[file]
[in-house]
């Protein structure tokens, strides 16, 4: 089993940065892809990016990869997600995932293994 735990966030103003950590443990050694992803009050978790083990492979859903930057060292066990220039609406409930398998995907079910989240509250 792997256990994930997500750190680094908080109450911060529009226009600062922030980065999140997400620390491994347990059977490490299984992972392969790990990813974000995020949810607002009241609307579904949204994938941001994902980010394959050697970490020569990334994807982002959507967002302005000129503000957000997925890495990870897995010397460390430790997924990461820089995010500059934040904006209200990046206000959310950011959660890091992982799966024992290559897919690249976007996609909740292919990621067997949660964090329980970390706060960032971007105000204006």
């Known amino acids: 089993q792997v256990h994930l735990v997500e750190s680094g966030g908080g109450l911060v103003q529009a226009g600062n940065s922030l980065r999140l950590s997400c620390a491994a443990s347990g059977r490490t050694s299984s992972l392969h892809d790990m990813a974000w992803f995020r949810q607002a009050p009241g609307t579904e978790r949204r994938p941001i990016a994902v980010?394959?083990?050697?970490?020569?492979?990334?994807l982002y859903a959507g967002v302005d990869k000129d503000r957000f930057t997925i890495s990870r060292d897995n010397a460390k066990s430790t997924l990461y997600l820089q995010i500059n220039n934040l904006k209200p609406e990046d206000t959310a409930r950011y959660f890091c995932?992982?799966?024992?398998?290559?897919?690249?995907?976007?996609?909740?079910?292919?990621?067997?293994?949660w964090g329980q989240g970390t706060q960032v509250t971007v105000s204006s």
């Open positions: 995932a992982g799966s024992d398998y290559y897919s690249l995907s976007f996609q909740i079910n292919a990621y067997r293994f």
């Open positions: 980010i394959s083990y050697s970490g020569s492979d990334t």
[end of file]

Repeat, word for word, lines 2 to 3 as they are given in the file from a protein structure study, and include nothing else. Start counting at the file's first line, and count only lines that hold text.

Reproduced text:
């Protein structure tokens, strides 16, 4: 089993940065892809990016990869997600995932293994 735990966030103003950590443990050694992803009050978790083990492979859903930057060292066990220039609406409930398998995907079910989240509250 792997256990994930997500750190680094908080109450911060529009226009600062922030980065999140997400620390491994347990059977490490299984992972392969790990990813974000995020949810607002009241609307579904949204994938941001994902980010394959050697970490020569990334994807982002959507967002302005000129503000957000997925890495990870897995010397460390430790997924990461820089995010500059934040904006209200990046206000959310950011959660890091992982799966024992290559897919690249976007996609909740292919990621067997949660964090329980970390706060960032971007105000204006």
């Known amino acids: 089993q792997v256990h994930l735990v997500e750190s680094g966030g908080g109450l911060v103003q529009a226009g600062n940065s922030l980065r999140l950590s997400c620390a491994a443990s347990g059977r490490t050694s299984s992972l392969h892809d790990m990813a974000w992803f995020r949810q607002a009050p009241g609307t579904e978790r949204r994938p941001i990016a994902v980010?394959?083990?050697?970490?020569?492979?990334?994807l982002y859903a959507g967002v302005d990869k000129d503000r957000f930057t997925i890495s990870r060292d897995n010397a460390k066990s430790t997924l990461y997600l820089q995010i500059n220039n934040l904006k209200p609406e990046d206000t959310a409930r950011y959660f890091c995932?992982?799966?024992?398998?290559?897919?690249?995907?976007?996609?909740?079910?292919?990621?067997?293994?949660w964090g329980q989240g970390t706060q960032v509250t971007v105000s204006s």